I was asked to step to the side and spread my arms out away from my body. One of the security officers took a black wand and waved it past my body from head to toe, front and back. It only sounded off in front of my belt buckle. I was cleared to continue on my way. Through the security check point I went, and on to the information desk, where I was told to head upstairs and talk with the bailiffs. Upon discussing with the bailiffs which court room would provide the most interesting cases, they informed me to try court room 201.
When asked why that particular room, the bailiff suggested that room H would one of the few rooms that hold out civil cases for the day, and it was to start shortly. As I entered court room 201, I looked around and then took a seat. At this time there were only two other people sitting in the gallery. Behind the bar stood the bailiff, court reporter and one security officer. Not long after I sat down, the court clerk looked up across the end of the court where I was sitting and asked me if I was the plaintiff or the defendant.
When I told her I was a student from Sheridan College there to observe for class, she quickly turned around and went back to her paperwork. Ten o‘clock rolled by and it appeared as if the court would not be starting anytime soon. So as I sat there and waited, I couldn’t help but overhear their converasation. As time rolled on, it was ten o’clock, and people slowly started to trickle into the court room. Before I knew it, the majority of the seats around me were filled up. The plaintiff and defense lawyers quickly went through trying to figure out who everyone was.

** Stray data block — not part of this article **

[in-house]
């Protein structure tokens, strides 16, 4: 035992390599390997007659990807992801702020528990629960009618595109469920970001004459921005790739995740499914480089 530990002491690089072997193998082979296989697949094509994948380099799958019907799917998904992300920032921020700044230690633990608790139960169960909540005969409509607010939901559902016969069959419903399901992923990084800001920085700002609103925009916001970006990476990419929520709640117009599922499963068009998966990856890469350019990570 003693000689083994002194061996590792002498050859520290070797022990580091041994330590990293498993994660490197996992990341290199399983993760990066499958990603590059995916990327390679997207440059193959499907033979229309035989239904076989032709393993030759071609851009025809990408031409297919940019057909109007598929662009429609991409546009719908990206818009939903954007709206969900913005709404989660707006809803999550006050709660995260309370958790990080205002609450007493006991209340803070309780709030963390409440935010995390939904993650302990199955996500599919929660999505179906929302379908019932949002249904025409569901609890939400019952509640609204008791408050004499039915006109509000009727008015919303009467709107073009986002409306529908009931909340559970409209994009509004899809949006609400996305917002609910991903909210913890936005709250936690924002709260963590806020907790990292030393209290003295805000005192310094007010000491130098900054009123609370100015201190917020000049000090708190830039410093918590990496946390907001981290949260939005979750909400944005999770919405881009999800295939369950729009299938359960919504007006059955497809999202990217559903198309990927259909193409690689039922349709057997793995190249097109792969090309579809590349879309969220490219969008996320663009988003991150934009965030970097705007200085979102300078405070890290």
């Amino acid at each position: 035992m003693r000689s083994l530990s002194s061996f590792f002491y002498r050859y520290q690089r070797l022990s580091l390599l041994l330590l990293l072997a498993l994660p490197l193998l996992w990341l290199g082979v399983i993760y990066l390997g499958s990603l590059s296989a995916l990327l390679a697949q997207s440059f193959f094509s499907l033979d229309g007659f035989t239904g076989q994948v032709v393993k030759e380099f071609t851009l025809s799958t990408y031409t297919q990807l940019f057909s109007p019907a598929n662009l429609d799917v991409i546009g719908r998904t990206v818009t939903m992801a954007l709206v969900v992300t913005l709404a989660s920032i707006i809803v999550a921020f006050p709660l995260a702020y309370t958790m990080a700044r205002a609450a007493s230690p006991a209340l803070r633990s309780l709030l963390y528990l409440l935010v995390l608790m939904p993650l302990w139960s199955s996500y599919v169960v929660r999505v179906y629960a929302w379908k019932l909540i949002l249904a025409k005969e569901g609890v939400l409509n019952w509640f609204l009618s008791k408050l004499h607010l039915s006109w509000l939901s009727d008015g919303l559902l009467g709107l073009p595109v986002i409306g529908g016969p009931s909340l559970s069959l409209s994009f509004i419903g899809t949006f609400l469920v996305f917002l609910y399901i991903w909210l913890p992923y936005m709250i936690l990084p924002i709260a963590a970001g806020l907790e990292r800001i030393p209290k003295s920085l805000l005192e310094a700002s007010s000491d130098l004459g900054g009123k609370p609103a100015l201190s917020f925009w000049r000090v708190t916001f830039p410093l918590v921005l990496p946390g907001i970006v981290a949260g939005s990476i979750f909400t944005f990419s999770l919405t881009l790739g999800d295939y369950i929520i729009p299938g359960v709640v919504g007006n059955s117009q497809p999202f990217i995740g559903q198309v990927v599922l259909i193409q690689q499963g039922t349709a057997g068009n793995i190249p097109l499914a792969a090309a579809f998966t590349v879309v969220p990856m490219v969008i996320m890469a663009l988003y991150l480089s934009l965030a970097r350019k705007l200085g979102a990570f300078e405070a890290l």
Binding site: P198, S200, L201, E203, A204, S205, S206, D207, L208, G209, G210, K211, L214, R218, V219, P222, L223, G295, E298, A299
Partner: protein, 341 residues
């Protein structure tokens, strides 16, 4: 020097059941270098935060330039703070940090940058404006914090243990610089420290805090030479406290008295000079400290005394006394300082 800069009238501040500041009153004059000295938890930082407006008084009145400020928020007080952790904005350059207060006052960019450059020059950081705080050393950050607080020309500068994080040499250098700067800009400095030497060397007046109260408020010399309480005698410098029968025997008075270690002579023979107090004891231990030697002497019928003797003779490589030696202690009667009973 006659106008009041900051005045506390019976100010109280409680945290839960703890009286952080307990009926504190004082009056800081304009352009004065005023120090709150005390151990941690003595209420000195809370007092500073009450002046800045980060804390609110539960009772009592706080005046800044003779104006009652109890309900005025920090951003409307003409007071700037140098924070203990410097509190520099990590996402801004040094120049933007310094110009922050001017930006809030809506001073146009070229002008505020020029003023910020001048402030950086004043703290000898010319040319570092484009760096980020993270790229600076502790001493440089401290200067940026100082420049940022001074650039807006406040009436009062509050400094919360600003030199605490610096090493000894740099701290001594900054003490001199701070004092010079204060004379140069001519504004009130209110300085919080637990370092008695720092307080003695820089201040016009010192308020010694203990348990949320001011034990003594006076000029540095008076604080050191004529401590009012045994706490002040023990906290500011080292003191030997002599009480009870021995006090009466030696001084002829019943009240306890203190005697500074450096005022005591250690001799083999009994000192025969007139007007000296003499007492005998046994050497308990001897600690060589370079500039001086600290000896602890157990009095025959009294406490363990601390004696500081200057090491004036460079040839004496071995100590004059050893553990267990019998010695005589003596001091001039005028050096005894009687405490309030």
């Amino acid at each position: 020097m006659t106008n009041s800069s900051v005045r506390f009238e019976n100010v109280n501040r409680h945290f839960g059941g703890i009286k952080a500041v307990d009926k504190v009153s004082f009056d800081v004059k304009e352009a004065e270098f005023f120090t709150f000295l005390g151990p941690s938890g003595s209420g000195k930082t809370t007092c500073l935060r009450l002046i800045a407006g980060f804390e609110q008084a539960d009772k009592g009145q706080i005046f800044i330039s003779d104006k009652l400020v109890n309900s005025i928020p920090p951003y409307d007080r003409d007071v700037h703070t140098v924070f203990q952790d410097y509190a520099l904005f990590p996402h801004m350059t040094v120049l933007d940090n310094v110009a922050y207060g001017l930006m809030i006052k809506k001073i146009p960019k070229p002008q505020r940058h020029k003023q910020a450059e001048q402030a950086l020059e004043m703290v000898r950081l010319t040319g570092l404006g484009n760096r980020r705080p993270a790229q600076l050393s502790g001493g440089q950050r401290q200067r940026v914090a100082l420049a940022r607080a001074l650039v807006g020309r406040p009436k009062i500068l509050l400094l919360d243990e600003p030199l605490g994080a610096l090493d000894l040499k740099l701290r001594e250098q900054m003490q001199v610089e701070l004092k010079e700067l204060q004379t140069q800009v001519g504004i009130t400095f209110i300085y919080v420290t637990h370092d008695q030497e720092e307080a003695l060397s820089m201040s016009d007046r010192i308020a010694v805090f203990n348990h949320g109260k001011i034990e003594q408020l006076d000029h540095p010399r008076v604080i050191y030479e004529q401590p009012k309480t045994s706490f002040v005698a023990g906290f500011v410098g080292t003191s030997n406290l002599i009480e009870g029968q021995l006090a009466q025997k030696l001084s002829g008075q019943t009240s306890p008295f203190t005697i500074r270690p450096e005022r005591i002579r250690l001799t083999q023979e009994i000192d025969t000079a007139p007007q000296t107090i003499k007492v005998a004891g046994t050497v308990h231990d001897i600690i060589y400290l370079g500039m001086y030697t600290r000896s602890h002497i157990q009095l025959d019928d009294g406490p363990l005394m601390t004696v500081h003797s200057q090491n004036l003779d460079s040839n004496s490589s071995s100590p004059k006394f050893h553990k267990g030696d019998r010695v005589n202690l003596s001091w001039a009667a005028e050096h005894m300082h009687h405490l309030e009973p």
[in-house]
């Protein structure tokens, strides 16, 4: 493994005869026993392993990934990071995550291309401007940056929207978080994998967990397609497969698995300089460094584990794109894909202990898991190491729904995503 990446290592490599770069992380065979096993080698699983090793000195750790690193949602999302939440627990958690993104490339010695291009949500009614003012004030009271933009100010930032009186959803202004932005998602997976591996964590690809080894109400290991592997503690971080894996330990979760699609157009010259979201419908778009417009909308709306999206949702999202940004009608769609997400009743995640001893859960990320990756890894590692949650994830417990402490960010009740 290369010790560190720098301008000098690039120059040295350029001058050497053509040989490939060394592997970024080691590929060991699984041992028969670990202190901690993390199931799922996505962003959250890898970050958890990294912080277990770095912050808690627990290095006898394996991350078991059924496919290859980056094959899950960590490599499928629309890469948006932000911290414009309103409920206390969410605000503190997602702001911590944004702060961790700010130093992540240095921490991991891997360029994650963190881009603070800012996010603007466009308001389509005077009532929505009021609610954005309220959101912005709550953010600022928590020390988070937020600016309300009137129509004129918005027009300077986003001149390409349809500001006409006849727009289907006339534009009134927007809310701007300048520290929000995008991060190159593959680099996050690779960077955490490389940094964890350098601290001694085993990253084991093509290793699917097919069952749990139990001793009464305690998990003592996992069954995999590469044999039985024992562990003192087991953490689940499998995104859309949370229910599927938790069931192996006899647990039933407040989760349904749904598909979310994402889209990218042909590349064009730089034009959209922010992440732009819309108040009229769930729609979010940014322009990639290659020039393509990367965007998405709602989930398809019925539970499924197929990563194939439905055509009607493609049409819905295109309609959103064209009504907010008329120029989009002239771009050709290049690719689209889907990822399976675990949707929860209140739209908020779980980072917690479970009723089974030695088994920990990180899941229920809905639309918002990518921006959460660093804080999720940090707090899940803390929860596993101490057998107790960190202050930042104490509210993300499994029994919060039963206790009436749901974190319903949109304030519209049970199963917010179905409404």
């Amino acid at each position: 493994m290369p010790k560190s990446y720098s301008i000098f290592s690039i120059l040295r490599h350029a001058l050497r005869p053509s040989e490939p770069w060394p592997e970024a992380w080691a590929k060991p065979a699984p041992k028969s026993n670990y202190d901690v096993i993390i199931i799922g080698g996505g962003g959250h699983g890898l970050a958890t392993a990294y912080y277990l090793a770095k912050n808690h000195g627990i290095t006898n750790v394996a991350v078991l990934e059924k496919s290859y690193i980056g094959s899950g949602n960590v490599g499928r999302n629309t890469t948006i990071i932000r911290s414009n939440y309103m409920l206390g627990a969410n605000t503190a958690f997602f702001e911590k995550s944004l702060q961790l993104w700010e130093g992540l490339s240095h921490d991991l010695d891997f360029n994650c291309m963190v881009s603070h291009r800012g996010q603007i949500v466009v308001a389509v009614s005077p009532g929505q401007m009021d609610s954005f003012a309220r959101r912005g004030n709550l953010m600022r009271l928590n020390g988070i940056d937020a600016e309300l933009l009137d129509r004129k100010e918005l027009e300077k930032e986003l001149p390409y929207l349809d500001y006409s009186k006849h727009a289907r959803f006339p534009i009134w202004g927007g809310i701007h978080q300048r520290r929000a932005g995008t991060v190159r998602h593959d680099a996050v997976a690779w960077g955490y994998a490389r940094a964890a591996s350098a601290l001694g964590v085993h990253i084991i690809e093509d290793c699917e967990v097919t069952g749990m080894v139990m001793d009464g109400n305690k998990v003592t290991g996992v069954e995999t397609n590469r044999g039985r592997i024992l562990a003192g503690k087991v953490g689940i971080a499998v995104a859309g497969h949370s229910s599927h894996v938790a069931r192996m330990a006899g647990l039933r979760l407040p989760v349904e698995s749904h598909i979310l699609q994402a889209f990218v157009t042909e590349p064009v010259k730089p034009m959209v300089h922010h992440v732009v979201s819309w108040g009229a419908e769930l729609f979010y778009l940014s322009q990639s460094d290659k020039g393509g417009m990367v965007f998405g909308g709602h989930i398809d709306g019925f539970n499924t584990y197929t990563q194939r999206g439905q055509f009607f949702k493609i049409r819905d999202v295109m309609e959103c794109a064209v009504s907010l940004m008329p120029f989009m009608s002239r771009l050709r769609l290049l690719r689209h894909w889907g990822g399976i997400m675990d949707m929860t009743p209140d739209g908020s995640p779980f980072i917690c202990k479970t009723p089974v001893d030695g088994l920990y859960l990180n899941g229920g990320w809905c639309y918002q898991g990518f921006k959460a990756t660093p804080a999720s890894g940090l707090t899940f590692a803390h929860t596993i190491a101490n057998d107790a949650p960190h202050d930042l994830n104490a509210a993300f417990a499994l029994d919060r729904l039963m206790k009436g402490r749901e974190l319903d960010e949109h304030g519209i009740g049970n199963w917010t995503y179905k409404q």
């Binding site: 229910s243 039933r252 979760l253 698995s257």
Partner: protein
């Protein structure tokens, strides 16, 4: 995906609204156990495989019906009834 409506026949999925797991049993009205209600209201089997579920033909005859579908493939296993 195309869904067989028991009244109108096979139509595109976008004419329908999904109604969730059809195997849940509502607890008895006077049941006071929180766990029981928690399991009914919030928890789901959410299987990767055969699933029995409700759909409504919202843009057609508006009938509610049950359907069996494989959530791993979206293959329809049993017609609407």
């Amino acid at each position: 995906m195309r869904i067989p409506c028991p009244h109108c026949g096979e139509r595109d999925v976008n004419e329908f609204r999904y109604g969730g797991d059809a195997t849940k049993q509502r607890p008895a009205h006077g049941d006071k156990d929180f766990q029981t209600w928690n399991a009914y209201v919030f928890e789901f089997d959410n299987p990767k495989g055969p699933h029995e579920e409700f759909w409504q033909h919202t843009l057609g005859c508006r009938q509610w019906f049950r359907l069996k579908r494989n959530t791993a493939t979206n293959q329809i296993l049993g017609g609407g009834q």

As observed in the courtroom I have found myself with many mixed emotions on what I have witnessed. These mixed emotions involve the operations of the justice system and how it affects the accused and the victim. It also makes a person wonder how the legal system operates on a basis of repeated domestic violence acts.I appeared in court to observe a domestic violence hearing. It involved a young ...
Around five after ten, the door behind the judge’s bench opens, and out emerges Madam Justice Nelson. The court clerk quickly stands and instructs us to “All rise for the honorable Madam Justice Nelson…. ” The bailiff goes through her opening routine, and upon completion informs us that we may now be seated. For the first five minutes the judge was there, she said nothing, just looked at the paperwork on her desk. She then had to leave quickly to get her notepad, because she had forgotten it back in her office.
Shortly thereafter she returned and the court was in order looking over the first case. The first case that was called up was about a family matter over child support. The plaintiff was present but the defendant was not at court and neither was his lawyer. She presented her case in which the last time she was in court, an agreement was reached to have the father pay the sum amount of 600 dollars per month, but she had not yet seen a penny. The judge asked what the income and job classification of her and the father were.